Rabbi Stephen L. Sniderman, D.D.

Come to Temple Beth Israel and make it your new Jewish home. That is what we, the members of this unique congregation have done. We come from all over the country. Some of us have Classical Reform backgrounds and some of us come from Conservative and even Orthodox backgrounds, but we have found a way to fulfill the words of the Prophet Isaiah whose words resonate, today: “My house shall be a house of prayer to all peoples…”

Indeed, we seek to welcome all who seek the inspiration of our Jewish heritage. No less than those of us with long Jewish histories, we invite Jews who are married to persons of other religious backgrounds.

As a congregation, we seek to fulfill the classic purposes of a synagogue as a house of prayer, a house of study, and a house of assembly.

We are a congregation that loves to learn! Throughout the year, we offer classes taught by rabbis and by the talented and learned members of our own Congregation who have so much to offer. History, theology, Jewish Literature, Torah study, and a Hebrew reading program are some of the feast of learning we offer.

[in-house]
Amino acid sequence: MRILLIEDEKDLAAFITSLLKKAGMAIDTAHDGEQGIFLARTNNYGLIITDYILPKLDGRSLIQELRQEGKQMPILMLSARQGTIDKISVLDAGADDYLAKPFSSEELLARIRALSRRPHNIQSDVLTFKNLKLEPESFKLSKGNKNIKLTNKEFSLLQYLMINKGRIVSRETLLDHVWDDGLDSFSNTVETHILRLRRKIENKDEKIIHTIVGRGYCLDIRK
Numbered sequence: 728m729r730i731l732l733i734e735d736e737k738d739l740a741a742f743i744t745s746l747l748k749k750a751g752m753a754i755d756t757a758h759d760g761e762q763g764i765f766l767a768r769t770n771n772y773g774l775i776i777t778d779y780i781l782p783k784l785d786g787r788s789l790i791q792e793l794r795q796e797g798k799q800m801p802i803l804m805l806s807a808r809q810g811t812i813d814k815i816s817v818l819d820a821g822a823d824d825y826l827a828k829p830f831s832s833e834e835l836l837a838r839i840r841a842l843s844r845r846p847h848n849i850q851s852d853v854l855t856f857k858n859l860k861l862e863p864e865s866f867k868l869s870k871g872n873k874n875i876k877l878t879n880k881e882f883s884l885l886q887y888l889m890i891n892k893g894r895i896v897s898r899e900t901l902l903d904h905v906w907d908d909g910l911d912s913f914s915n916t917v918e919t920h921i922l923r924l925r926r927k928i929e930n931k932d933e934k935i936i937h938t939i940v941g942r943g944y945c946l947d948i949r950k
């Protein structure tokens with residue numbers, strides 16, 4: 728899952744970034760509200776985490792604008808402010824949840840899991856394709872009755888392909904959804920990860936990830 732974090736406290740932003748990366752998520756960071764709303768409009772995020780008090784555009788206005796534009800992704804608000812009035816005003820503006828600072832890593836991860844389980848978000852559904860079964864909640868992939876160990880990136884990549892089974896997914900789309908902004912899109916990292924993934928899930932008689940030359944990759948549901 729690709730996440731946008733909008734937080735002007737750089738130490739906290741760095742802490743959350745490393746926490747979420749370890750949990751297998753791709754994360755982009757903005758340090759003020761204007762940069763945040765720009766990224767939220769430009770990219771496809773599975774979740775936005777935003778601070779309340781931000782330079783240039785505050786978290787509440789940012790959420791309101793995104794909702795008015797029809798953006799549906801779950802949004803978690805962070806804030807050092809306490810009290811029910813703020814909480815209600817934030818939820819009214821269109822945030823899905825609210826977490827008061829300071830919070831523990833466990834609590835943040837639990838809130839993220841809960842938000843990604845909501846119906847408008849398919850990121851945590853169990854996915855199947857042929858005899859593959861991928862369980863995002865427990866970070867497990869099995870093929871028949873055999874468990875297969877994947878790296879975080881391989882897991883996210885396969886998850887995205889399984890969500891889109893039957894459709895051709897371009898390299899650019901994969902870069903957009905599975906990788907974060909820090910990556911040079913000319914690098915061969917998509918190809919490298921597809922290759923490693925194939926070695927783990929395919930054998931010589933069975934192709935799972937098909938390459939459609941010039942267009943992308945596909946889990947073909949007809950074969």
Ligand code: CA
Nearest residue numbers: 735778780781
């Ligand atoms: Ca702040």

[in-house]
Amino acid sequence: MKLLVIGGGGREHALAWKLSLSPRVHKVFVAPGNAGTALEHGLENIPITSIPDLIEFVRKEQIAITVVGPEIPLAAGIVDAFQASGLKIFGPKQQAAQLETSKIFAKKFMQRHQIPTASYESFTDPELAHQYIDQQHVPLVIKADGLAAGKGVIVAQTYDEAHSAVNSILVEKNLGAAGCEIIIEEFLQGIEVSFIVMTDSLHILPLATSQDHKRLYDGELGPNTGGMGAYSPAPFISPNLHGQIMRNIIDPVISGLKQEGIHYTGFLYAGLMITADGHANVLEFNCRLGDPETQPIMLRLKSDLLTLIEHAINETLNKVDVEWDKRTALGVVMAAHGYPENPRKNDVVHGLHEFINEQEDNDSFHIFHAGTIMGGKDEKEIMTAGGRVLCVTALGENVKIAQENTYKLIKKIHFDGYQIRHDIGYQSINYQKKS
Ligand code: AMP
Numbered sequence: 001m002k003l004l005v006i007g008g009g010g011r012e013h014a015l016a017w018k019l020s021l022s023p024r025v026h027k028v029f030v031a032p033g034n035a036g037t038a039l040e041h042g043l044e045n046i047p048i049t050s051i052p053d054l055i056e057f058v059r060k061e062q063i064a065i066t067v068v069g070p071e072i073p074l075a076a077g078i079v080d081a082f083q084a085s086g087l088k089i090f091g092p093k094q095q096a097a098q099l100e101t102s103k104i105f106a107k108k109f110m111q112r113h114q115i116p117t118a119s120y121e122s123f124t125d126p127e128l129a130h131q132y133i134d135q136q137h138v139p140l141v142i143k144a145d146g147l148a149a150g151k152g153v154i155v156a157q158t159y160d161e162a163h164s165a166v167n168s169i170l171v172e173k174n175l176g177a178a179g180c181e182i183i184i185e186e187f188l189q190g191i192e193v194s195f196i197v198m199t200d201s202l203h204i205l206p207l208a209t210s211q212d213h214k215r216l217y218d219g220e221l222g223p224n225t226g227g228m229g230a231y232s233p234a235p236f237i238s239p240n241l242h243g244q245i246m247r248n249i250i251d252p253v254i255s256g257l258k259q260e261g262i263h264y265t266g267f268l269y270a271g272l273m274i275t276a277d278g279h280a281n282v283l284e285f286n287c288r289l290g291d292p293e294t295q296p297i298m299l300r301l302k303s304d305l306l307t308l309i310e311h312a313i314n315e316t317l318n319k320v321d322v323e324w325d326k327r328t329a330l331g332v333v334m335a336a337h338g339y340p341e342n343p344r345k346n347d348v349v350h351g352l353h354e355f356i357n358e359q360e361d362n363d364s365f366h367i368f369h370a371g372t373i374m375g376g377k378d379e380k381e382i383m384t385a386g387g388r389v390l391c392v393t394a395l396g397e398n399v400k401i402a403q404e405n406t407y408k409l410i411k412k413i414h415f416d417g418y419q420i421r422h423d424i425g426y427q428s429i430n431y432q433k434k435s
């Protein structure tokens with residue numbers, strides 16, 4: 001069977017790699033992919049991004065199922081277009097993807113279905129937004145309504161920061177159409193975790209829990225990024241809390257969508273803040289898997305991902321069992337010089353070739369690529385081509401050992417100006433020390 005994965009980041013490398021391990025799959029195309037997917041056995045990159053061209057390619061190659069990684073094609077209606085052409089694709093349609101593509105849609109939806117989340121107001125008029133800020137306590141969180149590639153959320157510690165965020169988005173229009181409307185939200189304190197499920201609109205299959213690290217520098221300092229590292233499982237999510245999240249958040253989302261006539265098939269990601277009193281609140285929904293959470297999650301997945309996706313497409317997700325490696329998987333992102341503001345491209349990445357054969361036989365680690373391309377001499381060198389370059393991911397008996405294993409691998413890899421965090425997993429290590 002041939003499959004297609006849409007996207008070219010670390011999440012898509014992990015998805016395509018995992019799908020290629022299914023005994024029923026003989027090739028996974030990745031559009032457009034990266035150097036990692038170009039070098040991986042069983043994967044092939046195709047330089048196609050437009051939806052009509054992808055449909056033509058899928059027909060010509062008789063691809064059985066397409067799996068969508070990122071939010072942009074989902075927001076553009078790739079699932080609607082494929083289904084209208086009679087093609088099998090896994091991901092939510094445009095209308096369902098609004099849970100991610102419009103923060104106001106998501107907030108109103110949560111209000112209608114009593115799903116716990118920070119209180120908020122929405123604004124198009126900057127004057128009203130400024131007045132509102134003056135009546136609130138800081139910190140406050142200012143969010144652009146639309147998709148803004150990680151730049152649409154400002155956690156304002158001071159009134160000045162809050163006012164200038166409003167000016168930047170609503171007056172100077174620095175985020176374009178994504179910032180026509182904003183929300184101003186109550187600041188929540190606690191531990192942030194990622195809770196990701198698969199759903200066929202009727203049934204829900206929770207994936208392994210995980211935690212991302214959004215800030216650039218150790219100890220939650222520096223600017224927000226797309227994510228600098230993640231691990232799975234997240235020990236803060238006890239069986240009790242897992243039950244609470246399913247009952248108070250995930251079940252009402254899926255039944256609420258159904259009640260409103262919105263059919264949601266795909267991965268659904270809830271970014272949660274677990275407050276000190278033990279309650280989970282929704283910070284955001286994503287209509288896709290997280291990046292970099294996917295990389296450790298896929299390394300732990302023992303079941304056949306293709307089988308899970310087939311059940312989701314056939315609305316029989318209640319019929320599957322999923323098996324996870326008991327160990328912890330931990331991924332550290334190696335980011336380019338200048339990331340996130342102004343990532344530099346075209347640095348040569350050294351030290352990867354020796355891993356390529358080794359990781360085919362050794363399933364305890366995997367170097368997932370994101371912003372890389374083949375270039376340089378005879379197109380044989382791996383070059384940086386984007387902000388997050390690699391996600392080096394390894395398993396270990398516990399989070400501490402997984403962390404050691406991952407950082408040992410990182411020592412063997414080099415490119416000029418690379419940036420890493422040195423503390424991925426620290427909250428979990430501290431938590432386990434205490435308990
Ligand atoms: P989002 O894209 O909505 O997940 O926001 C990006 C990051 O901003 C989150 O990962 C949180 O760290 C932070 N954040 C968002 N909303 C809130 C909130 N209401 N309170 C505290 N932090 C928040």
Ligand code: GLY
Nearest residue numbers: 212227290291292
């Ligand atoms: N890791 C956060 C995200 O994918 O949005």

Can you sing? Have we got a choir for you to join! Can you dance? You’ll have plenty of opportunity at our Temple social affairs!

Do you know what “baruch haba” means? It means “welcome.” We hope that we will have the opportunity to make you feel as welcome as others have made us feel at Temple Beth Israel!

~ Rabbi Stephen L. Sniderman

“I am particularly interested in areas where cultures intersect with Jewish history. To be part of a congregation that is as warm and rich culturally as TBI is a dream come true.”

Rabbi Stephen L. Sniderman, D.D.  joined Temple Beth Israel in 2016. he has 46 years of Rabbinical experience. He is joined by his wife Corinne and their son, Spencer, who are also dedicated to life at Temple Beth Israel.

Born in Toronto, Sniderman is a graduate of York University, Toronto, and graduate student in European History at Johns Hopkins in Baltimore when he decided to be a rabbi. He studied at the Hebrew Union College in Jerusalem and in Cincinnati. He was ordained in 1975.

In three communities, Sniderman has been president of the clergy association. He has been involved in interfaith studies, discussions, and has been on the board of several community organizations.